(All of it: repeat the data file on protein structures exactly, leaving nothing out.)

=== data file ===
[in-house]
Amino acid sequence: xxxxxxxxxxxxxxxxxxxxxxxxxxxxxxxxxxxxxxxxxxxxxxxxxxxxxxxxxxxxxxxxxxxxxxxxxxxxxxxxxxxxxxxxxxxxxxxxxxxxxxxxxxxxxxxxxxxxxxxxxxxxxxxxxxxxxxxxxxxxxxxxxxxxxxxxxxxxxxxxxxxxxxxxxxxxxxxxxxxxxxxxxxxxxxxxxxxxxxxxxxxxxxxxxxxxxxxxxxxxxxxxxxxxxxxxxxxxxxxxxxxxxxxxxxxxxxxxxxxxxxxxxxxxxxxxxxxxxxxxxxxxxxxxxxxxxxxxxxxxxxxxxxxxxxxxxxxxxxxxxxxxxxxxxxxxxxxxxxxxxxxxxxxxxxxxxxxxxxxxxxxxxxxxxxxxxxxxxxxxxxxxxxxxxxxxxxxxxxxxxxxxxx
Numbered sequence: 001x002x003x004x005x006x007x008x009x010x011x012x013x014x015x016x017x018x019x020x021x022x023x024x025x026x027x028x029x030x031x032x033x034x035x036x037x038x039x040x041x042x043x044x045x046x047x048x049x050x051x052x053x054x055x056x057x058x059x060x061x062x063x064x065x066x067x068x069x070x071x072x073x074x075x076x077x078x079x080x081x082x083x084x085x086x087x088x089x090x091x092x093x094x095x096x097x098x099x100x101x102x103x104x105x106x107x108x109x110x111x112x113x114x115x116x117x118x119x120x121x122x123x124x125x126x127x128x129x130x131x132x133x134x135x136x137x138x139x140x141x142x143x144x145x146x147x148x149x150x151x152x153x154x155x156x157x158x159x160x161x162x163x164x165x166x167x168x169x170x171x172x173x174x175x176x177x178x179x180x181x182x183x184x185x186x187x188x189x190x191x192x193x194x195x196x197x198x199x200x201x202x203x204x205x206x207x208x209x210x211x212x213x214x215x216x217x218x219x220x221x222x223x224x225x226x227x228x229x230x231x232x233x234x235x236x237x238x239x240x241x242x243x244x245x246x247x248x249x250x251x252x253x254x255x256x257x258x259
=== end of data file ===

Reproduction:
[in-house]
Amino acid sequence: xxxxxxxxxxxxxxxxxxxxxxxxxxxxxxxxxxxxxxxxxxxxxxxxxxxxxxxxxxxxxxxxxxxxxxxxxxxxxxxxxxxxxxxxxxxxxxxxxxxxxxxxxxxxxxxxxxxxxxxxxxxxxxxxxxxxxxxxxxxxxxxxxxxxxxxxxxxxxxxxxxxxxxxxxxxxxxxxxxxxxxxxxxxxxxxxxxxxxxxxxxxxxxxxxxxxxxxxxxxxxxxxxxxxxxxxxxxxxxxxxxxxxxxxxxxxxxxxxxxxxxxxxxxxxxxxxxxxxxxxxxxxxxxxxxxxxxxxxxxxxxxxxxxxxxxxxxxxxxxxxxxxxxxxxxxxxxxxxxxxxxxxxxxxxxxxxxxxxxxxxxxxxxxxxxxxxxxxxxxxxxxxxxxxxxxxxxxxxxxxxxxxxx
Numbered sequence: 001x002x003x004x005x006x007x008x009x010x011x012x013x014x015x016x017x018x019x020x021x022x023x024x025x026x027x028x029x030x031x032x033x034x035x036x037x038x039x040x041x042x043x044x045x046x047x048x049x050x051x052x053x054x055x056x057x058x059x060x061x062x063x064x065x066x067x068x069x070x071x072x073x074x075x076x077x078x079x080x081x082x083x084x085x086x087x088x089x090x091x092x093x094x095x096x097x098x099x100x101x102x103x104x105x106x107x108x109x110x111x112x113x114x115x116x117x118x119x120x121x122x123x124x125x126x127x128x129x130x131x132x133x134x135x136x137x138x139x140x141x142x143x144x145x146x147x148x149x150x151x152x153x154x155x156x157x158x159x160x161x162x163x164x165x166x167x168x169x170x171x172x173x174x175x176x177x178x179x180x181x182x183x184x185x186x187x188x189x190x191x192x193x194x195x196x197x198x199x200x201x202x203x204x205x206x207x208x209x210x211x212x213x214x215x216x217x218x219x220x221x222x223x224x225x226x227x228x229x230x231x232x233x234x235x236x237x238x239x240x241x242x243x244x245x246x247x248x249x250x251x252x253x254x255x256x257x258x259